New sanctions authorities and expanded enforcement capacities in the UK are introducing an important compliance consideration for companies around the world. The UK Office of Financial Sanctions Implementation (OFSI) reportedly opened 125 investigations between March 2016 and July 2017. The OFSI also revealed that there are 60 “live” investigations into organisations suspected of breaching the UK sanctions regime. The first cases are likely to be made public in early 2018. Several commentators have referred to the OFSI as a new “UK-OFAC” (referencing the U.S. Treasury Department’s sanctions enforcement agency the Office of Foreign Assets Control, or OFAC).
London remains a preeminent international financial and business hub. UK enforcement has the potential to expand the reach of UK/EU economic sanctions, just as the importance of the U.S. dollar and New York financial hub helps expand the reach of U.S. sanctions.
Formation of the OFSI
Established on 31 March 2016, the OFSI sits within UK HM Treasury (HMT) and works closely with law enforcement to help ensure that financial sanctions are properly understood, implemented and enforced.
New Civil Enforcement and Standard of Proof
Earlier this year, the UK government provided for civil enforcement options under the Policing and Crime Act 2017 (PCA). This added to existing authorities under which breaches of financial sanctions are criminal offences in the UK, and also increased the maximum criminal penalty from two years to seven years in prison. In either case, a breach does not have to occur within UK borders and enforcement can be based on a UK nexus (such as involvement of a UK company or individual acting in another country).
Under the new PCA rules, the OFSI may impose monetary penalties on legal persons, including individuals or companies, where it is satisfied, on the balance of probabilities, that:
- A person has breached a prohibition, or failed to comply with an obligation, that is imposed by or under financial sanctions legislation; and
- The person knew, or had reasonable cause to suspect, that the person was in breach of the prohibition or (as the case may be) had failed to comply with the obligation.
A key difference is that the PCA introduces the civil standard of proof, i.e., “on the balance of probabilities”, rather than the higher criminal standard of proof, i.e., “beyond reasonable doubt”. This follows the approach of U.S. enforcement practices with civil enforcement (although U.S. sanctions rules frequently are strict liability and may not require knowledge).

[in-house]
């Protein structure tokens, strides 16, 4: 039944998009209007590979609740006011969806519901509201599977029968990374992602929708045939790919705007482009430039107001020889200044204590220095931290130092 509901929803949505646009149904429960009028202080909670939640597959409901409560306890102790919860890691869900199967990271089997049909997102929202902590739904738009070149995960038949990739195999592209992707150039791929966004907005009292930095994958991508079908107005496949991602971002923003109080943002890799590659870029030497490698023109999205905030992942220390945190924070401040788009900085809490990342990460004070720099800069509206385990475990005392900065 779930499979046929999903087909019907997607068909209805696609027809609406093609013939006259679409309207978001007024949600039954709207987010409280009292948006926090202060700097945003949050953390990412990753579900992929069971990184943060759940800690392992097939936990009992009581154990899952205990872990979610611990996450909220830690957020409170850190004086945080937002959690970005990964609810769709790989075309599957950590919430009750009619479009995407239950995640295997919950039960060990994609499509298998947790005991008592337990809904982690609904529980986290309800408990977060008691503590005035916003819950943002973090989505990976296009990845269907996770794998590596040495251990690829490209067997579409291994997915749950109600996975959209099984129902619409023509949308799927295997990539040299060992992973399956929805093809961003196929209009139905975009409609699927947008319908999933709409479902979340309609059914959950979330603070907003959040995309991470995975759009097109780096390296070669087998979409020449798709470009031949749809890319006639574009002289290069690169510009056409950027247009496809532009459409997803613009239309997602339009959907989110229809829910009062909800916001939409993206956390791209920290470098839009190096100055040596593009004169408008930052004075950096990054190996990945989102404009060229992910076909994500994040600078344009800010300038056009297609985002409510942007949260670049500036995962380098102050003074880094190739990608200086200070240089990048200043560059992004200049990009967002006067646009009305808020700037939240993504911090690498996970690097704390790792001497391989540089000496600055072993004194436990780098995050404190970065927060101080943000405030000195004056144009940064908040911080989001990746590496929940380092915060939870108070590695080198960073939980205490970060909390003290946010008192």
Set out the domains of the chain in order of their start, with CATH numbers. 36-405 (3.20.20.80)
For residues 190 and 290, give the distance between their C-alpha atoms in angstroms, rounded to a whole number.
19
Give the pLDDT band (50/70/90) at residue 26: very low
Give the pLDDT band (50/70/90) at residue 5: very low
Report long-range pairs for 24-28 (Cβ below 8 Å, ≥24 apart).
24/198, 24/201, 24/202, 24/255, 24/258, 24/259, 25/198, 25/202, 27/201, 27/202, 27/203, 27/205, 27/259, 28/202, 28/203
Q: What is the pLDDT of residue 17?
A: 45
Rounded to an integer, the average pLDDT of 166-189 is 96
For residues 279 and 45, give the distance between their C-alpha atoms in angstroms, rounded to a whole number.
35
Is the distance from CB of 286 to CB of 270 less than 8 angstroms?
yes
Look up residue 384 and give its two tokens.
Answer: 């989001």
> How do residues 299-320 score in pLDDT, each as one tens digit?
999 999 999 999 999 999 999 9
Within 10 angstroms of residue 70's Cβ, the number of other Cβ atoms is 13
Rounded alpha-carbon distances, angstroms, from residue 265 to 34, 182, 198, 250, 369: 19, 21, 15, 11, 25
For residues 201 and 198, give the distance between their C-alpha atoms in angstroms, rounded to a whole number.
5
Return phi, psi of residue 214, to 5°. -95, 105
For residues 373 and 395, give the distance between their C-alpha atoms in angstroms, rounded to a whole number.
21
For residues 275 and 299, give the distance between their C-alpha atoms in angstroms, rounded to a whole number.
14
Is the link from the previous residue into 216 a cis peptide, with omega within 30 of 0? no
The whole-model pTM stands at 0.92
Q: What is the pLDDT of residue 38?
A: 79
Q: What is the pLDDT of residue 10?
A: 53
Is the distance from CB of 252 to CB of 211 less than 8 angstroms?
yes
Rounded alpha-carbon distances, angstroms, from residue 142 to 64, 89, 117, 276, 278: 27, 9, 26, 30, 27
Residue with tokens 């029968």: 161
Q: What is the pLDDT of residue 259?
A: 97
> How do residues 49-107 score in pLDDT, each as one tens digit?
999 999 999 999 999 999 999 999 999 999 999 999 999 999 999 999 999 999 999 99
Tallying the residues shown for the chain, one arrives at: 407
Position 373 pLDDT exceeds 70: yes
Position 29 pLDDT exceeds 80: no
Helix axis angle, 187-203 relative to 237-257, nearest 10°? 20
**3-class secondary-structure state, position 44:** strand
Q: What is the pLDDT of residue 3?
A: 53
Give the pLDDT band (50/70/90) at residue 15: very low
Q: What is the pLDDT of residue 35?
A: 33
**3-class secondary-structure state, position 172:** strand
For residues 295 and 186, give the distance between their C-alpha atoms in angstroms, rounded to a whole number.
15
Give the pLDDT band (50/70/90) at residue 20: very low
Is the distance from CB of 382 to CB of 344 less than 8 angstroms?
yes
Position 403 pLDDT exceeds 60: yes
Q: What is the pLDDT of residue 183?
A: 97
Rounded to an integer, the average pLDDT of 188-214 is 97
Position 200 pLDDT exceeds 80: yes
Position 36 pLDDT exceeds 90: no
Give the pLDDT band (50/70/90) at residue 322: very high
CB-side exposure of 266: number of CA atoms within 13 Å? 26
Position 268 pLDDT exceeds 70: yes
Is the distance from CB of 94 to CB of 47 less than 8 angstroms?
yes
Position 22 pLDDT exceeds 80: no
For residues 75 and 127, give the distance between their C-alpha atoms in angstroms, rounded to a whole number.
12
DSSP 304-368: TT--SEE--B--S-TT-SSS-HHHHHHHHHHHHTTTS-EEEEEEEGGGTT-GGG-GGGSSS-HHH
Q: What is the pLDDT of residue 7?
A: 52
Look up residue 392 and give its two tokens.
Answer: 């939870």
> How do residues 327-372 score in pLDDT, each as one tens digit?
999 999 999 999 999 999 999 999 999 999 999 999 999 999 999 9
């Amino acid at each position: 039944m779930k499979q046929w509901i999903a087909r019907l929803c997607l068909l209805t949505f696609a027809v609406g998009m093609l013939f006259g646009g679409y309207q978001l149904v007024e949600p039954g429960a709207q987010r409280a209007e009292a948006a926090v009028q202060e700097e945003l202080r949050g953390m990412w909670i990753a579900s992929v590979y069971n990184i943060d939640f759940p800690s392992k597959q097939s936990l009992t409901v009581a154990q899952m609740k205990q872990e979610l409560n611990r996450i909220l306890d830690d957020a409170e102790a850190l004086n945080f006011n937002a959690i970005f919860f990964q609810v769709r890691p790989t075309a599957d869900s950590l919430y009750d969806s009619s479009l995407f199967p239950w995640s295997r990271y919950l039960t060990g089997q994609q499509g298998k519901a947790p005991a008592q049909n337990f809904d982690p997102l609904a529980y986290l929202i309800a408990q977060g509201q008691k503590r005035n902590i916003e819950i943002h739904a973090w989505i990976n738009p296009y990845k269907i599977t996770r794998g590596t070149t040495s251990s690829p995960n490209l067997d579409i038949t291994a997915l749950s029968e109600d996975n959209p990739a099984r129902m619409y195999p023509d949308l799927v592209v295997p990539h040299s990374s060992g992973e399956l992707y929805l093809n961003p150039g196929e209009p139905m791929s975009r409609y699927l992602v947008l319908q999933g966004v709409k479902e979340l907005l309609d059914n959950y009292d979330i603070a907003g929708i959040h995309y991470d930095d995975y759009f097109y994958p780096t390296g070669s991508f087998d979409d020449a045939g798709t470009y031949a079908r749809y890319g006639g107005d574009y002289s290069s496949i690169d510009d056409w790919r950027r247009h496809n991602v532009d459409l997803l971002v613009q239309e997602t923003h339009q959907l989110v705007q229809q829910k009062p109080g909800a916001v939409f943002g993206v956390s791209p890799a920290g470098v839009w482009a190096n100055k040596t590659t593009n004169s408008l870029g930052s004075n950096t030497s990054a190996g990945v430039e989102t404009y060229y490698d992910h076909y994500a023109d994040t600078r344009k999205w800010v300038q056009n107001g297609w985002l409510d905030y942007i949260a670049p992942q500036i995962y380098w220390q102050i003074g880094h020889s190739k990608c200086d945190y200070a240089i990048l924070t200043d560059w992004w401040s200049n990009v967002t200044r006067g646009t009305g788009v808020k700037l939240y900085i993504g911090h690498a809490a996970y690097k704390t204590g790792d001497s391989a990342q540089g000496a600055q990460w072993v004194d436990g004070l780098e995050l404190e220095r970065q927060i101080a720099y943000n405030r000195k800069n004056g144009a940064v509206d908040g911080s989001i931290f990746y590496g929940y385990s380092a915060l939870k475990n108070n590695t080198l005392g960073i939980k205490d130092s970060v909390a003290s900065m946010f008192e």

Penalties and Enforcement
Under the PCA, the civil penalty for a breach can be the greater of £1 million or 50 percent of the value of the breach (known as the “Permitted Maximum”), and is determined by the OFSI. This is similar to U.S. civil penalty approach, although the maximum of £1 million is higher.
The OFSI will determine whether enforcement is appropriate and if the penalty should be adjusted, and has provided Guidance on its approach.
Enforcement. The OFSI will consider several factors when determining whether to enforce. This includes the seriousness of the breach as indicated by the value of the breach, knowledge of sanctions and compliance systems, the number of breaches, whether the breaches have been self-reported and harm or risk of harm to the sanction regime’s objectives. OFSI guidance states that the “penalty threshold” will be reached where:
- the breach involves direct provision of funds to designated person;
- arrangements have been made to deliberately circumvent the law;
- a person has not complied with an information request made by OFSI; or
- a monetary penalty is deemed to be appropriate and proportionate.
Penalty Amount. When enforcing, the OFSI will decide what level of penalty is reasonable and proportionate, based on its view of the seriousness of the case. This could be any amount between the Permitted Maximum and no fine. The OFSI will consider aggravating and mitigating factors and determine whether any reductions can be made.
The OFSI will consider voluntary disclosures as an important mitigating factor in determining its enforcement approach. Where OFSI enforcement is active and effective, this can create an incentive for companies to consider voluntarily disclosing violations to OFSI.
Where breaches have implications for U.S. as well as UK/EU sanctions rules, companies may need to consider OFSI voluntary disclosure simultaneous with OFAC disclosure.
The creation of the OFSI and its ability to impose civil fines signals that the UK intends to strictly enforce its financial sanctions regime. The high number of ongoing investigations only supports this view.
Just as companies around the world have taken compliance steps to manage risk of OFAC enforcement, it will increasingly be important to consider UK/EU rules and OFSI enforcement. A large number of companies have a presence in or conduct banking through London. If a problem does arise, OFSI guidance indicates that early internal investigation and, where appropriate, voluntary disclosure to engage with UK authorities may help mitigate the risk of monetary penalties as well as criminal enforcement.